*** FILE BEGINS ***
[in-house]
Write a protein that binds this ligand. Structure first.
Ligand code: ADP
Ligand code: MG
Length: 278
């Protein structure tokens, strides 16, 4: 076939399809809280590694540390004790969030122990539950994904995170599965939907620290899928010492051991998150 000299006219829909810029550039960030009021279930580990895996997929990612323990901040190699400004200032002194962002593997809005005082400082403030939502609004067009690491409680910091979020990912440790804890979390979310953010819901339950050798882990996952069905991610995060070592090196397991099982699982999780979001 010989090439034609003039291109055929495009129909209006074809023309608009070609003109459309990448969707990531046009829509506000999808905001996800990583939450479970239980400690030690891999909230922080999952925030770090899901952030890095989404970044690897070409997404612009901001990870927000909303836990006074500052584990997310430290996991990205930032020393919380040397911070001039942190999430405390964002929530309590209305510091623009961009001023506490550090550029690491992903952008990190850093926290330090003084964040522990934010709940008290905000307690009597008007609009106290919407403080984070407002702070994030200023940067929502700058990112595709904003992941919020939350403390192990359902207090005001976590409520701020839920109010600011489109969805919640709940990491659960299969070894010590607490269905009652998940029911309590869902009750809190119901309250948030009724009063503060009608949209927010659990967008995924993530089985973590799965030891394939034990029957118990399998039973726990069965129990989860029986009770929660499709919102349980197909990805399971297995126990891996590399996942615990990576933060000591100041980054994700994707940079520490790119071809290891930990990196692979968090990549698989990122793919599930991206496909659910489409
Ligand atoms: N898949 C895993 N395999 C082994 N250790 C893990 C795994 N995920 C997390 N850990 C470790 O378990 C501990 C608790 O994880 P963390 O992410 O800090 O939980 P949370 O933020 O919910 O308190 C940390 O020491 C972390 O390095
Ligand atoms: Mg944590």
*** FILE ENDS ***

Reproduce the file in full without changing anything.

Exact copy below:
[in-house]
Write a protein that binds this ligand. Structure first.
Ligand code: ADP
Ligand code: MG
Length: 278
């Protein structure tokens, strides 16, 4: 076939399809809280590694540390004790969030122990539950994904995170599965939907620290899928010492051991998150 000299006219829909810029550039960030009021279930580990895996997929990612323990901040190699400004200032002194962002593997809005005082400082403030939502609004067009690491409680910091979020990912440790804890979390979310953010819901339950050798882990996952069905991610995060070592090196397991099982699982999780979001 010989090439034609003039291109055929495009129909209006074809023309608009070609003109459309990448969707990531046009829509506000999808905001996800990583939450479970239980400690030690891999909230922080999952925030770090899901952030890095989404970044690897070409997404612009901001990870927000909303836990006074500052584990997310430290996991990205930032020393919380040397911070001039942190999430405390964002929530309590209305510091623009961009001023506490550090550029690491992903952008990190850093926290330090003084964040522990934010709940008290905000307690009597008007609009106290919407403080984070407002702070994030200023940067929502700058990112595709904003992941919020939350403390192990359902207090005001976590409520701020839920109010600011489109969805919640709940990491659960299969070894010590607490269905009652998940029911309590869902009750809190119901309250948030009724009063503060009608949209927010659990967008995924993530089985973590799965030891394939034990029957118990399998039973726990069965129990989860029986009770929660499709919102349980197909990805399971297995126990891996590399996942615990990576933060000591100041980054994700994707940079520490790119071809290891930990990196692979968090990549698989990122793919599930991206496909659910489409
Ligand atoms: N898949 C895993 N395999 C082994 N250790 C893990 C795994 N995920 C997390 N850990 C470790 O378990 C501990 C608790 O994880 P963390 O992410 O800090 O939980 P949370 O933020 O919910 O308190 C940390 O020491 C972390 O390095
Ligand atoms: Mg944590």